Playing the Edge
Playing the edge begins with the acknowledgement of a desire. It becomes real when a risk is taken.
Years ago Will Stockton and Marjorie Herdes of Mobius Inc. were my guides in creating a vision for hospitality at a hotel where I was the general manager. I had lunch with them one day and was immediately attracted to their sense of playfulness at work.
Their proposal was unlike anything I’d ever heard of. I saw in it a possibility that this could be a way to “get” people to care as much as I did. I use quotes because you don’t actually “get” anyone to do anything, but, I didn’t realize back then that they cared as much as I did – about the things they cared about.
It began with Will asking me to put my vision out there, which was:
To be 150 servants with me as the head servant.
“Great!,” Will said, then he asked me if I was willing to learn.
“Yes!” I said.
“Wonderful! The only thing you need to do with this vision now is hold it loosely during this next exercise.”
Sounded good to me. Then he walked me through the exercise.
After hearing what the exercise was, my immediate reaction was: “Shit, I can’t back out now, I’ve invested in these guys and I really wanted this vision to come to life.” So, I decided to accept the risk.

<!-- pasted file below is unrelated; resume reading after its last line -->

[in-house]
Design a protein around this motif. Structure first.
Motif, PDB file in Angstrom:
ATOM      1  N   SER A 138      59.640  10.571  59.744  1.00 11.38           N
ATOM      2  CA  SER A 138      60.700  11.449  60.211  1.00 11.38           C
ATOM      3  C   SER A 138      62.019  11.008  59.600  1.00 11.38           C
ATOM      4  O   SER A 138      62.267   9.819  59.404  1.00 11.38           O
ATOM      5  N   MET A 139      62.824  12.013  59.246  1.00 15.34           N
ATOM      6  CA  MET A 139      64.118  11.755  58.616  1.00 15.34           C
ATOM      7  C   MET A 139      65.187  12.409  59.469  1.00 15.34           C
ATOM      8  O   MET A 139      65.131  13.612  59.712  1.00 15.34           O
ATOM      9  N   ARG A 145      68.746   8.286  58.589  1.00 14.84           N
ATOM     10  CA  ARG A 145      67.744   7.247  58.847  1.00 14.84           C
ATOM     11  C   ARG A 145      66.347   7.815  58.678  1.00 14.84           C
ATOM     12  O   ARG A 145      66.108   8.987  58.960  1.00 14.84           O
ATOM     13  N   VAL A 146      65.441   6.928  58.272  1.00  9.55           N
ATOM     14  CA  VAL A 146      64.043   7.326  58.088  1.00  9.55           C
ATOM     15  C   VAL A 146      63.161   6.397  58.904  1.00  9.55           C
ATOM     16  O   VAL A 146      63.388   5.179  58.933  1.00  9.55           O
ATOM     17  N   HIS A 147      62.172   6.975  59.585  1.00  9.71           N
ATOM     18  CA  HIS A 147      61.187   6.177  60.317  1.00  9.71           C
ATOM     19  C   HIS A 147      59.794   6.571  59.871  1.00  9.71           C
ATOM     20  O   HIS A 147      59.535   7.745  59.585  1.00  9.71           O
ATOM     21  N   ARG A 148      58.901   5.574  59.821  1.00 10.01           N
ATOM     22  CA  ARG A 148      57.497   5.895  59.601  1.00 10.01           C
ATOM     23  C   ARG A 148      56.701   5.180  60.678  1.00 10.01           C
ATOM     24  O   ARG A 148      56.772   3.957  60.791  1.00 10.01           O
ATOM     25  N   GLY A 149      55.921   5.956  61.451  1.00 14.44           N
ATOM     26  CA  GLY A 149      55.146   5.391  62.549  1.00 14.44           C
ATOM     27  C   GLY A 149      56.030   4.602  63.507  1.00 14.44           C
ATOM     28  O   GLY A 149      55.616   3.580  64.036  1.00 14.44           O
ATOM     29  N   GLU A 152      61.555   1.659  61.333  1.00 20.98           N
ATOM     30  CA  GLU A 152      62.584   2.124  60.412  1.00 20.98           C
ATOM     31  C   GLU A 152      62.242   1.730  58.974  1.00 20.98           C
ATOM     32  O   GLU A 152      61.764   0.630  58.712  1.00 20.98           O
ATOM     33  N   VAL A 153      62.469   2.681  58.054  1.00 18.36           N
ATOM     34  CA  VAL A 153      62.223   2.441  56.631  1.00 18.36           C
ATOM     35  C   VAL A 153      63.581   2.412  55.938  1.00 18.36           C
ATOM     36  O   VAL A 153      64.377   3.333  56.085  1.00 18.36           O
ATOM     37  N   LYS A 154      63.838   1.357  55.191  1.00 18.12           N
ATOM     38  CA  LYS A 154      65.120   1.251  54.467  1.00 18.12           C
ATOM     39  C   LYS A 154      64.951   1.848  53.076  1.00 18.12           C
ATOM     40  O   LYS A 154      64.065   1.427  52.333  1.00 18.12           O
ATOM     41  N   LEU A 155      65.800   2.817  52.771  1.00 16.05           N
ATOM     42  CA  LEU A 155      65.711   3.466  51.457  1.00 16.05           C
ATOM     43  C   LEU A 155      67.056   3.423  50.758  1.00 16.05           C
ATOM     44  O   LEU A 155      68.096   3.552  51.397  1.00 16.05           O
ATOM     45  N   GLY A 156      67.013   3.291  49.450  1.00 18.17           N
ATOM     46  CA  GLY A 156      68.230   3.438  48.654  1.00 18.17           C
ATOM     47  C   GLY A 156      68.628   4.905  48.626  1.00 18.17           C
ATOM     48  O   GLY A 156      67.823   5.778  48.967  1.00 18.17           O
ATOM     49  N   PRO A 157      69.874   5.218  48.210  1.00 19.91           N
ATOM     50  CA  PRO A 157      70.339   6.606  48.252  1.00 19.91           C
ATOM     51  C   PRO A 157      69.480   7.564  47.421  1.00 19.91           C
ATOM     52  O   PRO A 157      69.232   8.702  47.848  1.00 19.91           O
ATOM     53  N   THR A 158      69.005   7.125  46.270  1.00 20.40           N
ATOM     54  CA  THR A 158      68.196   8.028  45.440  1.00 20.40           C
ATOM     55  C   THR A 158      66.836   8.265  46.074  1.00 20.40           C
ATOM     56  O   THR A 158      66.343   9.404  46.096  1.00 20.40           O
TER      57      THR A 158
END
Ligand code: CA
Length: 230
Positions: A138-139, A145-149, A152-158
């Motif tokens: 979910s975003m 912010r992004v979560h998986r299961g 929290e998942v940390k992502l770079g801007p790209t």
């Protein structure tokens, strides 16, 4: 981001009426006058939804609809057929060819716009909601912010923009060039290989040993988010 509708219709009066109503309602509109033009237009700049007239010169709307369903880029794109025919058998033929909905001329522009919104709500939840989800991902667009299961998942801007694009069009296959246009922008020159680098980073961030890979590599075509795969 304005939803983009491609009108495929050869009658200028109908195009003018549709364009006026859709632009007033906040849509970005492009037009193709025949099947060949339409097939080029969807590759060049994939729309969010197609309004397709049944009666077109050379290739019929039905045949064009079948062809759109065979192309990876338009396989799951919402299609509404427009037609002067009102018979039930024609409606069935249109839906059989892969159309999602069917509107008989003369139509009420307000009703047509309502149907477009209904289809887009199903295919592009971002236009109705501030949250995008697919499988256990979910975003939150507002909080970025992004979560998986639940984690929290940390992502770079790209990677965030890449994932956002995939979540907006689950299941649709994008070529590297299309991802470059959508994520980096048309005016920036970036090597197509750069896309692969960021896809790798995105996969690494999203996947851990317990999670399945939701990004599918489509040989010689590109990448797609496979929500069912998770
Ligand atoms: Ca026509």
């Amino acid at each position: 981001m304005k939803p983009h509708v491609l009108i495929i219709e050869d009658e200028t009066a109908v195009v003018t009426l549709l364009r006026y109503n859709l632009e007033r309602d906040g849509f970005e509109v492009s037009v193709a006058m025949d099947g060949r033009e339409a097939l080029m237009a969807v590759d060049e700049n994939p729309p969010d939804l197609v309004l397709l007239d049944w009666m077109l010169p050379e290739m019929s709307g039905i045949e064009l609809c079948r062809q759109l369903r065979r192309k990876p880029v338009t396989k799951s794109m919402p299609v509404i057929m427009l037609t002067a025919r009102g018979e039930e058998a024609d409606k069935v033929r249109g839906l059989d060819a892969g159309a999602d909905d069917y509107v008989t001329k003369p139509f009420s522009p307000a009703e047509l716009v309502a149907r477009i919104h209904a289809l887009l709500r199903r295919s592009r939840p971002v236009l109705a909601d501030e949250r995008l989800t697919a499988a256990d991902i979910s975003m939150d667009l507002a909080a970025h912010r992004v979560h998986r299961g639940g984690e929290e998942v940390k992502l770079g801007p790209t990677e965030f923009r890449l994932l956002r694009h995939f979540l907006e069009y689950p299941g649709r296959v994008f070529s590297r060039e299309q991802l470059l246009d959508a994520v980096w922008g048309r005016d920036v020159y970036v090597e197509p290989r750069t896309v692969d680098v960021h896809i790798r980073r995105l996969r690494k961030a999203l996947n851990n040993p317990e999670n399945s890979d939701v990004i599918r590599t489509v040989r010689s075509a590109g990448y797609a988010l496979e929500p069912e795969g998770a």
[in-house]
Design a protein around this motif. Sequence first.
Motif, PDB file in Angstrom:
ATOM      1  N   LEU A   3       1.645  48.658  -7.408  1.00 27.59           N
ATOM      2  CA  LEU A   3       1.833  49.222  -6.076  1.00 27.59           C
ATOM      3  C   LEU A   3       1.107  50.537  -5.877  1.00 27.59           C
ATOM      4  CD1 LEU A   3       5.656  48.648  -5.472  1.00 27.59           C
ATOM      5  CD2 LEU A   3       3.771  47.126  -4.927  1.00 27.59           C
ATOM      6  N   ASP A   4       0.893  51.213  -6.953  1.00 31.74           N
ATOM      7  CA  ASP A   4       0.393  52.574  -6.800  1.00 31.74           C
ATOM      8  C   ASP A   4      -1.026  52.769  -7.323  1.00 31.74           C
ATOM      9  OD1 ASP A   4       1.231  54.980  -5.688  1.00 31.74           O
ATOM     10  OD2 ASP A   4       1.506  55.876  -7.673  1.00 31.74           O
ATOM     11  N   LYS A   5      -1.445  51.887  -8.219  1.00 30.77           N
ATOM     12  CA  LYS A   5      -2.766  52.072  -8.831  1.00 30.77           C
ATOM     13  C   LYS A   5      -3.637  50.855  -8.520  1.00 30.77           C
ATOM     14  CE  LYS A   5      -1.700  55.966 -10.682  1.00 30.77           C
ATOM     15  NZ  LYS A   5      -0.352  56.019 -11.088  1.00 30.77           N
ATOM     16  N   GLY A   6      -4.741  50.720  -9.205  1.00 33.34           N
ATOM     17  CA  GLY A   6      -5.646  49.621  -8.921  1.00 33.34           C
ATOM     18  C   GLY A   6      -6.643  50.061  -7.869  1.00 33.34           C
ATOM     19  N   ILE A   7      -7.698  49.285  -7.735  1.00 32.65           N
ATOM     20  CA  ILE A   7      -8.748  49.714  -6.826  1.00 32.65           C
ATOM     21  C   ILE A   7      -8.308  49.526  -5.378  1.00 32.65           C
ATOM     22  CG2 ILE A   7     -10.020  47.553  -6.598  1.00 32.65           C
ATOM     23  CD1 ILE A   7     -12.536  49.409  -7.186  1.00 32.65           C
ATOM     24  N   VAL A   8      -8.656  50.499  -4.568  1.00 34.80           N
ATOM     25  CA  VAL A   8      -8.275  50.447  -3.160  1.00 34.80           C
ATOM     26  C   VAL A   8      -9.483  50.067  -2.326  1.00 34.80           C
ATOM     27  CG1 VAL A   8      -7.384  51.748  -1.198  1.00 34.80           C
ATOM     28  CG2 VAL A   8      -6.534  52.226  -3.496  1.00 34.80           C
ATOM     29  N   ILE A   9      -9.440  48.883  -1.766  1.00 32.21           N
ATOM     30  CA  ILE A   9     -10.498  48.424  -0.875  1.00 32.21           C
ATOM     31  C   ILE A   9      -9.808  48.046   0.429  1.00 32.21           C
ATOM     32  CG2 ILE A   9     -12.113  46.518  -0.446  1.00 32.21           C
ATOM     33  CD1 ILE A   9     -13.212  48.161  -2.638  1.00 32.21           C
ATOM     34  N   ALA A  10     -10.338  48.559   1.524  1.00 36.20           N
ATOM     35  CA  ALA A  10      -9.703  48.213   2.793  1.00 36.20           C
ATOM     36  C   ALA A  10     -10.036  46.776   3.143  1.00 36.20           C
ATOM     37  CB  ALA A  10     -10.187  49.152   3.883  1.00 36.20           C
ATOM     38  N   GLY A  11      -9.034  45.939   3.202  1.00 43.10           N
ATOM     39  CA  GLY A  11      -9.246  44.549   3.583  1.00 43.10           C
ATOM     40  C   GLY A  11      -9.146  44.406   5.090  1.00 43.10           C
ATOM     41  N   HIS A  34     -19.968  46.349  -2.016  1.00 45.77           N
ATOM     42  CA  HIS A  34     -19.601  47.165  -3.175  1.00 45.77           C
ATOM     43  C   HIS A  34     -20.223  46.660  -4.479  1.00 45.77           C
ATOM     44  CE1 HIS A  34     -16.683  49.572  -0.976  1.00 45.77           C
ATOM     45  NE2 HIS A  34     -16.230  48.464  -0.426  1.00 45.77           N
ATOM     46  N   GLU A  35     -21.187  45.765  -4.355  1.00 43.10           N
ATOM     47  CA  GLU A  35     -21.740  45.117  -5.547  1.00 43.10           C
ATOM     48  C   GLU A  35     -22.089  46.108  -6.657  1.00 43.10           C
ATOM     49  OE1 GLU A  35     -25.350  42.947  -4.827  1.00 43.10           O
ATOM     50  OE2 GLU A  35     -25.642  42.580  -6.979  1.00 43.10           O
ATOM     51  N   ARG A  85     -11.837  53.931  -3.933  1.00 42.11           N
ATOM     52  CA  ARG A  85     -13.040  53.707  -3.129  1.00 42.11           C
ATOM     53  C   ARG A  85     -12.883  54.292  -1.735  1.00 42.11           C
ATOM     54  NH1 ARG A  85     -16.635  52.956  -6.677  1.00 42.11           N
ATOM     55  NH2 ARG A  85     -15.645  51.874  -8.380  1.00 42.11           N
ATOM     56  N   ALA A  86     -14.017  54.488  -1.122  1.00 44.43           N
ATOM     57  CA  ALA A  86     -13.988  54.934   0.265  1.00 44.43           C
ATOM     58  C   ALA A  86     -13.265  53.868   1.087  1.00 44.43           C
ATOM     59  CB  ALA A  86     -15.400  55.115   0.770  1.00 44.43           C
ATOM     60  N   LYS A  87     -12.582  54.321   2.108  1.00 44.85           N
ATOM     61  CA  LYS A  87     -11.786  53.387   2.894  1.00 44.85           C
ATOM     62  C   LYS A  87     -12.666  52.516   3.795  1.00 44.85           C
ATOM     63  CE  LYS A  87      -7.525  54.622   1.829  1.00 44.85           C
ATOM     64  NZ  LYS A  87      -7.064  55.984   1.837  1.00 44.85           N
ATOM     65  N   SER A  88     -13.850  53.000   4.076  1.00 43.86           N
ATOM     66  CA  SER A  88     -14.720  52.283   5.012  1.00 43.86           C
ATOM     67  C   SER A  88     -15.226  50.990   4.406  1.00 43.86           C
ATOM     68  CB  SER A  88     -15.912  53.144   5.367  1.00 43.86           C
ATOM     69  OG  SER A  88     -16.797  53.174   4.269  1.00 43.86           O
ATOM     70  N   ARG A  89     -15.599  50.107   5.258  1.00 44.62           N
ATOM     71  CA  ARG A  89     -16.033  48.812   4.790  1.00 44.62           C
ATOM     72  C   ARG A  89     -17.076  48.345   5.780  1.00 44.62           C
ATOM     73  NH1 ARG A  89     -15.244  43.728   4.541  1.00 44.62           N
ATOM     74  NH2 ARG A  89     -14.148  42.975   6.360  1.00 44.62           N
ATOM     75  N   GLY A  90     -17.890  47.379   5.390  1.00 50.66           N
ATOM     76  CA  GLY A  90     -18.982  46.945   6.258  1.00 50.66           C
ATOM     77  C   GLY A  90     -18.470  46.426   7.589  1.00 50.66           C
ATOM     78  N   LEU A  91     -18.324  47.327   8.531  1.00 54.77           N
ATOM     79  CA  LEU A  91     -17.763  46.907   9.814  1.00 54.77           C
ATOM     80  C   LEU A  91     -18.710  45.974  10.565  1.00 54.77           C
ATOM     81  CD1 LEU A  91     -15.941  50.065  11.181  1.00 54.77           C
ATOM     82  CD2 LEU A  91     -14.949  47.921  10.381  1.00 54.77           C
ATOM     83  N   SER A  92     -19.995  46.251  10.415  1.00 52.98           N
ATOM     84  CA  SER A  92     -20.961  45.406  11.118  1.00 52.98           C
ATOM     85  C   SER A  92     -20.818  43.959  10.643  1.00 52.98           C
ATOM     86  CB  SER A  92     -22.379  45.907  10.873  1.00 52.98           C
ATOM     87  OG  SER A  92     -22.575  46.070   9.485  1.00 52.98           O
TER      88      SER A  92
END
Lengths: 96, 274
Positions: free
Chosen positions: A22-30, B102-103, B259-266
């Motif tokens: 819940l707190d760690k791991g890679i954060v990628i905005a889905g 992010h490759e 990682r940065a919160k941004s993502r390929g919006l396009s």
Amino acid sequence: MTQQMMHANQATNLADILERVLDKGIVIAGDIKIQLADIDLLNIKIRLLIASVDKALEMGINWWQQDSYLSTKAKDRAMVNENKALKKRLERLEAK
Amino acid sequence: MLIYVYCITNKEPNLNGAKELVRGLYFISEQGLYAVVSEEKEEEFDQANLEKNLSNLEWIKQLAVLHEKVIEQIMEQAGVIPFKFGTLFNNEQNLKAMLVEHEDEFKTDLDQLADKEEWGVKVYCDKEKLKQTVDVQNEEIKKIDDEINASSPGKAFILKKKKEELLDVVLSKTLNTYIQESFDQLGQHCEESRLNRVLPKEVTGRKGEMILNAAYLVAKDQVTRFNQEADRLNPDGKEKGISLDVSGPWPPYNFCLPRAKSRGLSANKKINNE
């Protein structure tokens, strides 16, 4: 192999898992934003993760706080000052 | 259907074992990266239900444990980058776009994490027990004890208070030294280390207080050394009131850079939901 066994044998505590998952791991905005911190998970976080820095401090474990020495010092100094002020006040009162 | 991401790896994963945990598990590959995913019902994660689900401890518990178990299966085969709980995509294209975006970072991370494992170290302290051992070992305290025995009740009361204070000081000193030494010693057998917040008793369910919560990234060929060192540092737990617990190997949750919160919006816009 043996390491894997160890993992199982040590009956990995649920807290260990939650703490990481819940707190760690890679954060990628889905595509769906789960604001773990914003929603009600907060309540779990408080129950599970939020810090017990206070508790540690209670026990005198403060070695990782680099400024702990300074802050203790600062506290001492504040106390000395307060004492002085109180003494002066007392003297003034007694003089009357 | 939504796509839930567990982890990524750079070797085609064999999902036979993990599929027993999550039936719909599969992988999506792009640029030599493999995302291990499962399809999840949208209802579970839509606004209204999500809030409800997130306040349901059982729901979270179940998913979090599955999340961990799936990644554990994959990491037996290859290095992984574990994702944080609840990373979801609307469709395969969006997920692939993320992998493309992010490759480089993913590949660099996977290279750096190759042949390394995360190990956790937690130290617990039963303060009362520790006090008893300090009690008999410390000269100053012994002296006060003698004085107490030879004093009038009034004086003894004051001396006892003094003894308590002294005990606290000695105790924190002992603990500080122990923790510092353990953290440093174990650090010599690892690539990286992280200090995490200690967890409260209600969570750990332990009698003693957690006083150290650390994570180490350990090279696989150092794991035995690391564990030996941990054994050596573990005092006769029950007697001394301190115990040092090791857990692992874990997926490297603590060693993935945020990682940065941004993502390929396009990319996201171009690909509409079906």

The exercise would result in a “shared vision.” Will & Marjorie helped me see that if we had a shared vision, then everyone who was part of its creation would care about it as much as I did. That also sounded great to me.
The exercise had my twenty-person hotel management team sitting in a semi-circle facing me, Will sat on my right side and Marjorie on my left. Prior to this exercise there was some more coaching from them on being a learner, and not holding too tightly to my vision.
The first half of the conversation was really affirming. We made a list of all the things that we already had going for us in order to get this vision to happen. By the time we were done, we all looked at the list in awe, there was a lot more here than any of us thought. We stopped and celebrated together!
Then they asked another question to the team, and that question specifically was, “What’s missing from this list, that if you had it or even just a bit more of it, this would enhance your vision, and you would stand behind it?”
The team began by talking about systems, policies, tasks, and then someone broke the ice and said “I’m not sure that you (meaning me) will follow through with this. I’ve seen you bring up ideas before and then change your mind without even asking me what I thought about it.”
You can imagine, that once the ice was broken, people felt more comfortable in telling me the truth. Having two facilitators there to guide the dialogue in a way that made the team feel safe and generally positive helped us all speak to what we were really thinking and feeling.
Although the energy was really positive, including my own, I left there feeling insecure about my ability to lead, but Will and Marjorie encouraged me to keep going, and said this was great work.